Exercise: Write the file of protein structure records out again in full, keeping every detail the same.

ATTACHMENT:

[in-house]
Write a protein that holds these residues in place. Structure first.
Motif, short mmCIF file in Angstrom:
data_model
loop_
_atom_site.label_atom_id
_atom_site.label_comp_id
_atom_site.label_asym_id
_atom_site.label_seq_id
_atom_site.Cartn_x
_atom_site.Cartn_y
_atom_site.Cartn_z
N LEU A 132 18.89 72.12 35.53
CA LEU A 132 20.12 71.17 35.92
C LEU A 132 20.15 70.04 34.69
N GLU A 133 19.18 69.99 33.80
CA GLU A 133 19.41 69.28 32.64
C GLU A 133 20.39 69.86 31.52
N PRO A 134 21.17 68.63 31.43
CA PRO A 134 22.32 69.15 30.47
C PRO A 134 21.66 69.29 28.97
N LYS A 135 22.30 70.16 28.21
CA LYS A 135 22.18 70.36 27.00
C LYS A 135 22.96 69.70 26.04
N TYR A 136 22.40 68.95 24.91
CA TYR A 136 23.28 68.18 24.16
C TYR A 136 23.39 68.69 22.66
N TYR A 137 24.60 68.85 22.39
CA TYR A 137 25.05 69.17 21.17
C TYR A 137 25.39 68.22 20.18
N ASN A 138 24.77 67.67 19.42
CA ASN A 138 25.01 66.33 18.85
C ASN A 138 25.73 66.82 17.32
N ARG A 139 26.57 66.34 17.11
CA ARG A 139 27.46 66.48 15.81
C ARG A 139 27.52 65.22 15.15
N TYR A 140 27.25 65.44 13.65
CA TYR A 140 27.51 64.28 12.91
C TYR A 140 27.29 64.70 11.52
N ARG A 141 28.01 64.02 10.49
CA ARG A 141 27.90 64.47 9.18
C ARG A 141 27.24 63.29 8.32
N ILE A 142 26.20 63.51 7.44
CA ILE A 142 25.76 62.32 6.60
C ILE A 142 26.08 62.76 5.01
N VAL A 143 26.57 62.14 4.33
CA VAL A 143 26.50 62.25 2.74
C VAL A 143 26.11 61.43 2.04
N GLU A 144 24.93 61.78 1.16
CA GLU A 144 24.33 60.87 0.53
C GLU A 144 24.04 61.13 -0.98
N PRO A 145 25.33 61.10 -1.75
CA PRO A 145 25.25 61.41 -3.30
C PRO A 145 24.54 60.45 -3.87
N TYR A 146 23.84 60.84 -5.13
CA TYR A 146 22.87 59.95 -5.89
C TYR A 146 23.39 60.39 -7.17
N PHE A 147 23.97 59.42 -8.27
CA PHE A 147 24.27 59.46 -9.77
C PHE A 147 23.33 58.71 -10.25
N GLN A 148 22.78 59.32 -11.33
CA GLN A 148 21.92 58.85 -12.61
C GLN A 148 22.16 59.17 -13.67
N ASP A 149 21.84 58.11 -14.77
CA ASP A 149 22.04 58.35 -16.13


[in-house]
Write a protein that holds these residues in place. Structure first.
Motif, short mmCIF file in Angstrom:
data_model
loop_
_atom_site.label_atom_id
_atom_site.label_comp_id
_atom_site.label_asym_id
_atom_site.label_seq_id
_atom_site.Cartn_x
_atom_site.Cartn_y
_atom_site.Cartn_z
N LEU A 132 18.89 72.12 35.53
CA LEU A 132 20.12 71.17 35.92
C LEU A 132 20.15 70.04 34.69
N GLU A 133 19.18 69.99 33.80
CA GLU A 133 19.41 69.28 32.64
C GLU A 133 20.39 69.86 31.52
N PRO A 134 21.17 68.63 31.43
CA PRO A 134 22.32 69.15 30.47
C PRO A 134 21.66 69.29 28.97
N LYS A 135 22.30 70.16 28.21
CA LYS A 135 22.18 70.36 27.00
C LYS A 135 22.96 69.70 26.04
N TYR A 136 22.40 68.95 24.91
CA TYR A 136 23.28 68.18 24.16
C TYR A 136 23.39 68.69 22.66
N TYR A 137 24.60 68.85 22.39
CA TYR A 137 25.05 69.17 21.17
C TYR A 137 25.39 68.22 20.18
N ASN A 138 24.77 67.67 19.42
CA ASN A 138 25.01 66.33 18.85
C ASN A 138 25.73 66.82 17.32
N ARG A 139 26.57 66.34 17.11
CA ARG A 139 27.46 66.48 15.81
C ARG A 139 27.52 65.22 15.15
N TYR A 140 27.25 65.44 13.65
CA TYR A 140 27.51 64.28 12.91
C TYR A 140 27.29 64.70 11.52
N ARG A 141 28.01 64.02 10.49
CA ARG A 141 27.90 64.47 9.18
C ARG A 141 27.24 63.29 8.32
N ILE A 142 26.20 63.51 7.44
CA ILE A 142 25.76 62.32 6.60
C ILE A 142 26.08 62.76 5.01
N VAL A 143 26.57 62.14 4.33
CA VAL A 143 26.50 62.25 2.74
C VAL A 143 26.11 61.43 2.04
N GLU A 144 24.93 61.78 1.16
CA GLU A 144 24.33 60.87 0.53
C GLU A 144 24.04 61.13 -0.98
N PRO A 145 25.33 61.10 -1.75
CA PRO A 145 25.25 61.41 -3.30
C PRO A 145 24.54 60.45 -3.87
N TYR A 146 23.84 60.84 -5.13
CA TYR A 146 22.87 59.95 -5.89
C TYR A 146 23.39 60.39 -7.17
N PHE A 147 23.97 59.42 -8.27
CA PHE A 147 24.27 59.46 -9.77
C PHE A 147 23.33 58.71 -10.25
N GLN A 148 22.78 59.32 -11.33
CA GLN A 148 21.92 58.85 -12.61
C GLN A 148 22.16 59.17 -13.67
N ASP A 149 21.84 58.11 -14.77
CA ASP A 149 22.04 58.35 -16.13